Anyone with a contagious disease may be prohibited from living among healthy people. The Prophet, peace be upon him, said: "A sick person must not be brought among the healthy." The Prophet, peace be upon him, prohibited the owner of sick camels from mixing them with the healthy ones of another owner, even though he also stated: "No contagious disease is transmitted without Allah's permission, nor is there any bad omen." It is also reported that the Prophet, peace be upon him, accepted the oath of allegiance from a leper from outside Madinah and did not permit him to enter the city.

Volume 4, Page 11a: Prohibition of Entering Or Leaving a Plague-Stricken Area

The Messenger of Allah, peace be upon him, forbade people to leave or enter a land where there is a plague, in order to check the spread of the contagious disease and confine it to a limited area. In medical terminology this is known as "quarantine." Usamah ibn Zaid said: "The Prophet, peace be upon him, remarked in reference to the plague, 'It is a remnant of the chastisement inflicted upon the Israelites. If a plague breaks out in a place where you are, do not leave that place, and when you hear of its spread in another place, do not go there." (Narrated by Tirmizhi, who considers it a sound hadith)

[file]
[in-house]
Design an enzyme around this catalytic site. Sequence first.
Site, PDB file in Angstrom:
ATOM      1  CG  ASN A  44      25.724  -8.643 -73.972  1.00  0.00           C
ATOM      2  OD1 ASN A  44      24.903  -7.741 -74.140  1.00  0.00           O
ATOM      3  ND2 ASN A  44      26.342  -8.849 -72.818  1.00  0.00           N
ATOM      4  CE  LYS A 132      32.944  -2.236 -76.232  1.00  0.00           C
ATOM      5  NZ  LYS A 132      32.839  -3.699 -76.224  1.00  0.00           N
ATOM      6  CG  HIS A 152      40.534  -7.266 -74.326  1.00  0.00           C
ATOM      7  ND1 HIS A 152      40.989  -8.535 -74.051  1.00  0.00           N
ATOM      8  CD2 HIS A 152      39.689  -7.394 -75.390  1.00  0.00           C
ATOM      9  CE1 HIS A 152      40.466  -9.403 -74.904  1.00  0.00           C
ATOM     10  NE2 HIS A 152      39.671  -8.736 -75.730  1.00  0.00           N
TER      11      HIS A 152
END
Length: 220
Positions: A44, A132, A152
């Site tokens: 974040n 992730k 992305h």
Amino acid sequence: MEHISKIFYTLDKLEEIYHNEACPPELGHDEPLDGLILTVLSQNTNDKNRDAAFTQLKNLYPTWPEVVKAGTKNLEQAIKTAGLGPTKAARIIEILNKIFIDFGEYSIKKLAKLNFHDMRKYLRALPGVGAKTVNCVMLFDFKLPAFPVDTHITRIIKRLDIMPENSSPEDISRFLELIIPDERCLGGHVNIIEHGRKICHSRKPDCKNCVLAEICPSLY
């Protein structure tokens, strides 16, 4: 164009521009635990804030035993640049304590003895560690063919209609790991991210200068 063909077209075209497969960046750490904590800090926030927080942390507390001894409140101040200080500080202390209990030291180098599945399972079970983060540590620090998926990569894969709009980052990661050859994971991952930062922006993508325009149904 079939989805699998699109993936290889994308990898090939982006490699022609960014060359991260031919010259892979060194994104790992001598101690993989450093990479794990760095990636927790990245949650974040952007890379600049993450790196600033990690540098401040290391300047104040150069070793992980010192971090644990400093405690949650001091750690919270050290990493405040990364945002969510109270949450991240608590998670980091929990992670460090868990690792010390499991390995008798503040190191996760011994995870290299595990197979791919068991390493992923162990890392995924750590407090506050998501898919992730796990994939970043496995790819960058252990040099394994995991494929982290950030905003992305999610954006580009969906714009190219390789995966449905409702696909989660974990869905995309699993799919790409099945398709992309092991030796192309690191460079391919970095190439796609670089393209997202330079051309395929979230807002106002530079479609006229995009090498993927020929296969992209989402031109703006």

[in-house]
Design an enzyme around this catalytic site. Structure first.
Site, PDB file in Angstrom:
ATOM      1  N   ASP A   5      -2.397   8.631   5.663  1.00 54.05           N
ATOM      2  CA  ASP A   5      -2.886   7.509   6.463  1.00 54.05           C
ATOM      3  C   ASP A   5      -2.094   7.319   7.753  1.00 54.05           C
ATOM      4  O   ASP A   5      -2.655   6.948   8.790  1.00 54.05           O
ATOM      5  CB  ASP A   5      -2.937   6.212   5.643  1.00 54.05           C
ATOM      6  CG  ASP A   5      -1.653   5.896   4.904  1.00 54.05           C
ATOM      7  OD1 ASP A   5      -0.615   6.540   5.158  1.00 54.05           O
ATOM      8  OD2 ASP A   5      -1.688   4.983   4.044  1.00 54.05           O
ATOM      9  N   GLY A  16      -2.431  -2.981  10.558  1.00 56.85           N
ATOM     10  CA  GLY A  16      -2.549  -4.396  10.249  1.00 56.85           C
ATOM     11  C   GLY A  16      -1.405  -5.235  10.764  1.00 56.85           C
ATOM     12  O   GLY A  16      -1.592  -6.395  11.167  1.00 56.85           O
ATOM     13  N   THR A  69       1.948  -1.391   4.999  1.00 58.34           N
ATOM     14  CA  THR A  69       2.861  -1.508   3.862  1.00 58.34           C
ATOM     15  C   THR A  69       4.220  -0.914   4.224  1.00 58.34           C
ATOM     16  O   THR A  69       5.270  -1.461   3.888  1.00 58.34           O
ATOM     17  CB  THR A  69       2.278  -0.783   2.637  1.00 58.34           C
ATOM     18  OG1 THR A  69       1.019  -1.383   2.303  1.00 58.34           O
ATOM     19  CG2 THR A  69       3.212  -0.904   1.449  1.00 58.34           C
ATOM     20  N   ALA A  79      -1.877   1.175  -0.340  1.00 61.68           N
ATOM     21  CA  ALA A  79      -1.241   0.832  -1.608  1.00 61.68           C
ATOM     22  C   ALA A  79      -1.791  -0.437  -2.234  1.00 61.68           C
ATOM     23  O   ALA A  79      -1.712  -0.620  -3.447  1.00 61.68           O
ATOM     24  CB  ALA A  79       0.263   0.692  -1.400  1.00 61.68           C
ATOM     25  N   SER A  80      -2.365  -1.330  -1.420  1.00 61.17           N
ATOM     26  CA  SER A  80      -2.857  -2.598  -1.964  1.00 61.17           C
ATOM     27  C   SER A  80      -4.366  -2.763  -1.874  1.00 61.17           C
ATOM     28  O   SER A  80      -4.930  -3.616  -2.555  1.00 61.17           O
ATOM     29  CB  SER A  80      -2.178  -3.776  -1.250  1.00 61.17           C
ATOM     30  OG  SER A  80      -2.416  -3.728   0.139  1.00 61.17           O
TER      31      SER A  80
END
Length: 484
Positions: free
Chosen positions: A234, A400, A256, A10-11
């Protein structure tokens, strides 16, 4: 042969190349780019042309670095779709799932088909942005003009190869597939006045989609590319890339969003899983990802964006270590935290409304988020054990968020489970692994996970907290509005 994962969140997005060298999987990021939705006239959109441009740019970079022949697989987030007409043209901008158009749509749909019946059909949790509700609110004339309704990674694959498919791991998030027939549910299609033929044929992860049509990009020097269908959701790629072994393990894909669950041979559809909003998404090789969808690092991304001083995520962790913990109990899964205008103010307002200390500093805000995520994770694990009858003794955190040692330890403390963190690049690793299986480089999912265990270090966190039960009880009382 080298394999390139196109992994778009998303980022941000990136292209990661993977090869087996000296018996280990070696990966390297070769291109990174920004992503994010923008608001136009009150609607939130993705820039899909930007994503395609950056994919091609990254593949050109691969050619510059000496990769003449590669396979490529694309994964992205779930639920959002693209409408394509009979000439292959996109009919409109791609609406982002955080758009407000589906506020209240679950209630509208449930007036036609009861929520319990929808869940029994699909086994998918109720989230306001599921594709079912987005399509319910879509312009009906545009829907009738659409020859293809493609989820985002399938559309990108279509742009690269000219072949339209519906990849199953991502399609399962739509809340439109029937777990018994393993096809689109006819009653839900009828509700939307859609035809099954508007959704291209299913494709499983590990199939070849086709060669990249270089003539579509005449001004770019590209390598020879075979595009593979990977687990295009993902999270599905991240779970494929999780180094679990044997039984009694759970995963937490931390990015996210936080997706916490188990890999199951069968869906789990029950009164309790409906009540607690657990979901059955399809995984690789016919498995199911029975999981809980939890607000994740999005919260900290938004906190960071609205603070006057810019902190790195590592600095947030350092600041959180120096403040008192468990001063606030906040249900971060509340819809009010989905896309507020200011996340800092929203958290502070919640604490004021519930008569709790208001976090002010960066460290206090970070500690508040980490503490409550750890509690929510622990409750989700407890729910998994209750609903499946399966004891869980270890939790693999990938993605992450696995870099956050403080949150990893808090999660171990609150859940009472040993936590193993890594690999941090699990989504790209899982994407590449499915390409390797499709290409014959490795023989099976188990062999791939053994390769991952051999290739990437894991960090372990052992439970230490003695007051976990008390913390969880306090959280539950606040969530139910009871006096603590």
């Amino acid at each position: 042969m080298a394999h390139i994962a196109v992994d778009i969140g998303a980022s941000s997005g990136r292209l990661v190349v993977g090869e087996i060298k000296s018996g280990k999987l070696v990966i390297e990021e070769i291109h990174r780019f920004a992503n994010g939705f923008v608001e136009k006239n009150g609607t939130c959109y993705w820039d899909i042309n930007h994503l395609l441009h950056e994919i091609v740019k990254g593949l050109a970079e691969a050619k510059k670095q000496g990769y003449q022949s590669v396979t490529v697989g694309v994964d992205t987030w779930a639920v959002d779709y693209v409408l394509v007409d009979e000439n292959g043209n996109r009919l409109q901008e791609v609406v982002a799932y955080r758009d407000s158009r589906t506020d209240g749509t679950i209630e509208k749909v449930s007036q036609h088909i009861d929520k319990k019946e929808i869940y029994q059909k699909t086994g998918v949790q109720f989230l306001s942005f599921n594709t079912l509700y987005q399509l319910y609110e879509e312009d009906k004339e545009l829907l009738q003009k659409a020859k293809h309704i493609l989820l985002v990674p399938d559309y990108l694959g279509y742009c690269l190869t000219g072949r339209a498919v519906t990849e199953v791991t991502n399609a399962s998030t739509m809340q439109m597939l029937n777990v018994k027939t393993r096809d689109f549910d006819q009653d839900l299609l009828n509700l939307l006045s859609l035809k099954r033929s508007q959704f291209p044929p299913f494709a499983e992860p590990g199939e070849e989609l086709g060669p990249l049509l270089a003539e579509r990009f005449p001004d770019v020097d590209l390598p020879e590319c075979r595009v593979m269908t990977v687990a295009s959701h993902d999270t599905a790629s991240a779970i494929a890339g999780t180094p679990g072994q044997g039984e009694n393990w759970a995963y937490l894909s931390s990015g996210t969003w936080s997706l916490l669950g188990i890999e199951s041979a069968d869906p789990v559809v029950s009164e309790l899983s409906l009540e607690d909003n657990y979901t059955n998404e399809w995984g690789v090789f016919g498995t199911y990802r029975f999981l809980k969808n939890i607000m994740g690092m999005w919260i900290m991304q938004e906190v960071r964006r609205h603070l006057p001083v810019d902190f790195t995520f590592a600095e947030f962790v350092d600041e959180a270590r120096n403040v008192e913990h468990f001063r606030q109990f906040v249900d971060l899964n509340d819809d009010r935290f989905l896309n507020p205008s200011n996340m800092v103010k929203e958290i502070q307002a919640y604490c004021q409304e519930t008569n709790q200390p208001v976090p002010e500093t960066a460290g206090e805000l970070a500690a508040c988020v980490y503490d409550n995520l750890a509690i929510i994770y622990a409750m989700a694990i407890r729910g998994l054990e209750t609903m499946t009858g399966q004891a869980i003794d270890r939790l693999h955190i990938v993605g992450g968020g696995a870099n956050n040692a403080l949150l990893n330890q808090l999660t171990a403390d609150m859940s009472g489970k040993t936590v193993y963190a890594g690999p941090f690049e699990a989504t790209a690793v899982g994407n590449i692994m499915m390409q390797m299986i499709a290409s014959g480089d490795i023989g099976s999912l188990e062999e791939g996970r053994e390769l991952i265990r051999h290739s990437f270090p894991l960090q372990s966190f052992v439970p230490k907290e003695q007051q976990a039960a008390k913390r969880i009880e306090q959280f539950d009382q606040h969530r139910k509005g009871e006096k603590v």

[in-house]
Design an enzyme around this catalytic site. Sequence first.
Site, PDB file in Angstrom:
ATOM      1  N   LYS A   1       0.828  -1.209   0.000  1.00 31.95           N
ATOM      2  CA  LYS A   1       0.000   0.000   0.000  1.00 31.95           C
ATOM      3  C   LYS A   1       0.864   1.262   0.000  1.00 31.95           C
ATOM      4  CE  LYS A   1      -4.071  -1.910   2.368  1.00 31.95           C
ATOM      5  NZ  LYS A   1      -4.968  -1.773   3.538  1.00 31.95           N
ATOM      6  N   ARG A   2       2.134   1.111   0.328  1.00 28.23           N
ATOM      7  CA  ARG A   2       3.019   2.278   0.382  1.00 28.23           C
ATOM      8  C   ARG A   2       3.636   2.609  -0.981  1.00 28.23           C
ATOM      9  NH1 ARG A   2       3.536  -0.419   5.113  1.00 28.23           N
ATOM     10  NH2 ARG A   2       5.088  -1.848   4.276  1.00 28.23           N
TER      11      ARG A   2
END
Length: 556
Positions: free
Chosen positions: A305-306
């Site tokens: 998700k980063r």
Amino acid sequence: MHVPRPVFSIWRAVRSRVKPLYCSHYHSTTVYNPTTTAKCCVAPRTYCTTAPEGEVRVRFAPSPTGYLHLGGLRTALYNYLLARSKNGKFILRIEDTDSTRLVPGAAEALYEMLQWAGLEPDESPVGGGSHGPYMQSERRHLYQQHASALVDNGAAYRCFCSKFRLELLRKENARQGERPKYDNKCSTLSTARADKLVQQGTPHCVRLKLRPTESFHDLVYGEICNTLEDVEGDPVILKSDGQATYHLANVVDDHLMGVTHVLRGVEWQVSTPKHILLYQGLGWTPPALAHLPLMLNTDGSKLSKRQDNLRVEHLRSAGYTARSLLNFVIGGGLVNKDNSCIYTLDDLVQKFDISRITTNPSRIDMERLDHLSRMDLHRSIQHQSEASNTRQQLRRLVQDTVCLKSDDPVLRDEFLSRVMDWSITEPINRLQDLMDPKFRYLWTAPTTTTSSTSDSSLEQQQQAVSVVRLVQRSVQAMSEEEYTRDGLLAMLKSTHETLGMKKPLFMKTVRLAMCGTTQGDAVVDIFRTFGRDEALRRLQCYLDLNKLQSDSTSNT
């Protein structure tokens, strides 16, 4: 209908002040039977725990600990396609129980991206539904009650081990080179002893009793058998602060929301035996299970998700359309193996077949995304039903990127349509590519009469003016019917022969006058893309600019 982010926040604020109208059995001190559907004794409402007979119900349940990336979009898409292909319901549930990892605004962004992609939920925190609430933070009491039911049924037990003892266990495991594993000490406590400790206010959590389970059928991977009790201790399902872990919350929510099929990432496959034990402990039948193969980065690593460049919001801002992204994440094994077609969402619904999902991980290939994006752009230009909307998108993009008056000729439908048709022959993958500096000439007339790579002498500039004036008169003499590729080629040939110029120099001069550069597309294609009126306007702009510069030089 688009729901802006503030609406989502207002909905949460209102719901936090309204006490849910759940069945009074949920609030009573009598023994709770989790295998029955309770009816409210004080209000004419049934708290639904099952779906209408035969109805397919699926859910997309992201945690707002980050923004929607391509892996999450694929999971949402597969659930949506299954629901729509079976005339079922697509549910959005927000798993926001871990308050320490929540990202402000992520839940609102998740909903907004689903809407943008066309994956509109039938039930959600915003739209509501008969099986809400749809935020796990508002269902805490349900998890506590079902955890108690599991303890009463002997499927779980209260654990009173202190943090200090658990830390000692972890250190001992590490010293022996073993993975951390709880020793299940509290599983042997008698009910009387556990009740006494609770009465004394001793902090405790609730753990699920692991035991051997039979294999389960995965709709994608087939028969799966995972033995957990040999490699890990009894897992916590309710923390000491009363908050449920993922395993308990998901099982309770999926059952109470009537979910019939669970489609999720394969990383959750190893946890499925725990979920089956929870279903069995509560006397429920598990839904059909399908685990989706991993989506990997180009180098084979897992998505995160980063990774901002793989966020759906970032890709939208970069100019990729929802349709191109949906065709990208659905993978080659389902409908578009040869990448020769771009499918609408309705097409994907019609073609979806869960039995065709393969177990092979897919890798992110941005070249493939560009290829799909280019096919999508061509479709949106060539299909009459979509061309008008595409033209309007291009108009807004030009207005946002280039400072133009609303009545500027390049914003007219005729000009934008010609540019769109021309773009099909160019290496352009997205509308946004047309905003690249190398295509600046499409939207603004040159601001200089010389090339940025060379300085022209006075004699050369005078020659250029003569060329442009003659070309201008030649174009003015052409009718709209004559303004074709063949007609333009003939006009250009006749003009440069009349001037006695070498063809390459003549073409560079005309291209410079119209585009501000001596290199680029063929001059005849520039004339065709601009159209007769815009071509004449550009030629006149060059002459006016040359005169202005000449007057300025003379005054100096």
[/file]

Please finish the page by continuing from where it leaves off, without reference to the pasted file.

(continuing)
Ibn 'Abbas reports: "'Umar ibn al-Khattab went to Al-Sham (Syria). When he reached Sargh, the army commanders, Abu Obaidah ibn al-Jarrah, and others received him. They informed him that a plague had broken out in Al-Sham."Ibn Abbas continued, "'Umar assembled the leaders from among the Muhajirin and sought their opinions. They offered conflicting opinions. Some said: 'We have come for a certain objective, and so we should not turn back from it.' Others said: 'With you are others, including some companions of the Messenger of Allah, peace be upon him. We do not believe that you should expose them to this plague.' 'Umar said: 'You may leave.'Then he gathered together the Ansar and asked their opinion. They were unanimous in their advice to him. They said: 'We believe that you should return with the people and you should not expose them to the plague.' Then 'Umar addressed the people, announced that he was going back the next morning, and asked them to be prepared to leave in the morning. ' At this Abu Ubaidah ibn al-Jarrah said: 'O 'Umar! Are you running away from the decree of Allah!' 'Umar replied: 'O Abu Ubaidah! I wish someone else had said this. Yes, we do run from the decree of Allah to the decree of Allah. What if you had a herd of camels and you took them to a valley that had two slopes, one green pasturage and the other dry and barren. Would you not be fulfilling the decree of Allah if you let your herd graze on the green pasture rather than keeping them on the dry barren land?' Just then came Abdurrahman ibn 'Awf. He had been away on some errand. He said: 'I have some knowledge concerning this issue. I heard the Messenger of Allah, peace be upon him, say: "If you hear that an epidemic has broken out in a land, do not approach it. If it attacks a land where you live, then do not leave that land in a bid to escape from it".' Hearing this 'Umar praised Allah and then he departed. This is reported by Bukhari.